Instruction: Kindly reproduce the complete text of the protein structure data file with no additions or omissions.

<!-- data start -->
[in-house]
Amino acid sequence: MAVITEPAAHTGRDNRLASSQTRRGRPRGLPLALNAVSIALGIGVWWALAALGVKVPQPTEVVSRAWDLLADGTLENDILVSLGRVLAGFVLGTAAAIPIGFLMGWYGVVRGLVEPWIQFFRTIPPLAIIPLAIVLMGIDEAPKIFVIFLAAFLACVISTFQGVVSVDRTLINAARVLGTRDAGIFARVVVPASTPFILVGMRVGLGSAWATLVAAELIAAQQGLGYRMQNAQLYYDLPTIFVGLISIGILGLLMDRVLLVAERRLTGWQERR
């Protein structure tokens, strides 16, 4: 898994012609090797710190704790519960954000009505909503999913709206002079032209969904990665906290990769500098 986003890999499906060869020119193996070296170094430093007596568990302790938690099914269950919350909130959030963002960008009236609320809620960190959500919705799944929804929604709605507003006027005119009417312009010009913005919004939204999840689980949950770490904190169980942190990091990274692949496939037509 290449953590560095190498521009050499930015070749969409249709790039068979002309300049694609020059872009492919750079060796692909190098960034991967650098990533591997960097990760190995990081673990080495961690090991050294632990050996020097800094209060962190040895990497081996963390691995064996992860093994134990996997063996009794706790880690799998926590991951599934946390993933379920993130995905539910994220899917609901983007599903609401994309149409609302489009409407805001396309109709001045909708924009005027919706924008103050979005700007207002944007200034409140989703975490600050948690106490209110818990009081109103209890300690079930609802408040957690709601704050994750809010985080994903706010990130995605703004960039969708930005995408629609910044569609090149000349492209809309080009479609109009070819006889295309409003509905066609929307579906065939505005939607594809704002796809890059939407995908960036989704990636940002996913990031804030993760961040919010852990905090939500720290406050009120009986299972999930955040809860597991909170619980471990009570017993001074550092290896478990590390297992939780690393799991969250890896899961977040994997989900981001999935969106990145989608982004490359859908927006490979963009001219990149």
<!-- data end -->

[in-house]
Amino acid sequence: MAVITEPAAHTGRDNRLASSQTRRGRPRGLPLALNAVSIALGIGVWWALAALGVKVPQPTEVVSRAWDLLADGTLENDILVSLGRVLAGFVLGTAAAIPIGFLMGWYGVVRGLVEPWIQFFRTIPPLAIIPLAIVLMGIDEAPKIFVIFLAAFLACVISTFQGVVSVDRTLINAARVLGTRDAGIFARVVVPASTPFILVGMRVGLGSAWATLVAAELIAAQQGLGYRMQNAQLYYDLPTIFVGLISIGILGLLMDRVLLVAERRLTGWQERR
């Protein structure tokens, strides 16, 4: 898994012609090797710190704790519960954000009505909503999913709206002079032209969904990665906290990769500098 986003890999499906060869020119193996070296170094430093007596568990302790938690099914269950919350909130959030963002960008009236609320809620960190959500919705799944929804929604709605507003006027005119009417312009010009913005919004939204999840689980949950770490904190169980942190990091990274692949496939037509 290449953590560095190498521009050499930015070749969409249709790039068979002309300049694609020059872009492919750079060796692909190098960034991967650098990533591997960097990760190995990081673990080495961690090991050294632990050996020097800094209060962190040895990497081996963390691995064996992860093994134990996997063996009794706790880690799998926590991951599934946390993933379920993130995905539910994220899917609901983007599903609401994309149409609302489009409407805001396309109709001045909708924009005027919706924008103050979005700007207002944007200034409140989703975490600050948690106490209110818990009081109103209890300690079930609802408040957690709601704050994750809010985080994903706010990130995605703004960039969708930005995408629609910044569609090149000349492209809309080009479609109009070819006889295309409003509905066609929307579906065939505005939607594809704002796809890059939407995908960036989704990636940002996913990031804030993760961040919010852990905090939500720290406050009120009986299972999930955040809860597991909170619980471990009570017993001074550092290896478990590390297992939780690393799991969250890896899961977040994997989900981001999935969106990145989608982004490359859908927006490979963009001219990149």